Researchers are concerned about the potential for online patient record access to cause unintended harm, reveals a new report.
Following the government’s proposal for all adults to have online access to their health and social care records by 2020, researchers from the Institute of Child Health, QMUL and the University of Bristol have raised their concerns.
In a British Journal of General Practice editorial, the researchers recommend that online access to the full medical record should be implemented slowly, in a staged process and with thorough evaluation.
While they agree that online access is likely to have a transformative effect on the content and use of health records and also on general practice itself, the researchers are particularly concerned about the potential for coercion: patients unwillingly giving others access to their online medical record.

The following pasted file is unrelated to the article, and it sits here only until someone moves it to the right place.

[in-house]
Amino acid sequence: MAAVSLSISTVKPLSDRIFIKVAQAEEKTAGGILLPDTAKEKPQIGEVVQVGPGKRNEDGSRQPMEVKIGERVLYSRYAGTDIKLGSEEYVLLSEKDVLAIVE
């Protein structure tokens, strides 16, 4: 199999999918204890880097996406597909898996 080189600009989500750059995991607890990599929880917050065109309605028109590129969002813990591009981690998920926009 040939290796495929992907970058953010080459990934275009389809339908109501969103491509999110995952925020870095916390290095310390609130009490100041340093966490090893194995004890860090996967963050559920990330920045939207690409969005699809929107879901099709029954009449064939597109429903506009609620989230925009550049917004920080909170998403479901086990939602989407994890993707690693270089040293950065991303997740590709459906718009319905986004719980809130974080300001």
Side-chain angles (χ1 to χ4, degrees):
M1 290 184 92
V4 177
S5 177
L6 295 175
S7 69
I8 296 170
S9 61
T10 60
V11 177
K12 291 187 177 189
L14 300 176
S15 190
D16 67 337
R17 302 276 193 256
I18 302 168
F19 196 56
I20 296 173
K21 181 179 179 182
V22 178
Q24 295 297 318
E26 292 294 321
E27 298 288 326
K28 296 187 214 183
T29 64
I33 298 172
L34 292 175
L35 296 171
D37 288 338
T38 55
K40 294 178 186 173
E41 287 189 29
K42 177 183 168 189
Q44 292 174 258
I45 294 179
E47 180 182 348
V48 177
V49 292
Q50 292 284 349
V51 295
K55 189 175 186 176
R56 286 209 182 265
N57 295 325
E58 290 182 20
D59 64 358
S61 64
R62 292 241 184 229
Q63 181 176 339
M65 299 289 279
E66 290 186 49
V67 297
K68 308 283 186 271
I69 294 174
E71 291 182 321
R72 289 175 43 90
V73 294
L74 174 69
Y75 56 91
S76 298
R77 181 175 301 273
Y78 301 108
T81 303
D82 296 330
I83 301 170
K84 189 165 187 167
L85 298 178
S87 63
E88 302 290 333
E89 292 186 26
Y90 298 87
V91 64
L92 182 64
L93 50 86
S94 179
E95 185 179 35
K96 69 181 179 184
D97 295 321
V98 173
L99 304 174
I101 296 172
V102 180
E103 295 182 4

Prof Gene Feder, a GP and Professor of Primary Care at Bristol’s Centre for Academic Primary Care, said: “Coercion may result from overt threats or physical force in an abusive relationship or may appear under the guise of helping a vulnerable relative, especially older people or those with learning disabilities.
“References to abuse or maltreatment in the medical record seen by household members may lead to escalation of the abuse, restricted access to health care for victims or pressure or aggression directed at health staff to change the record.”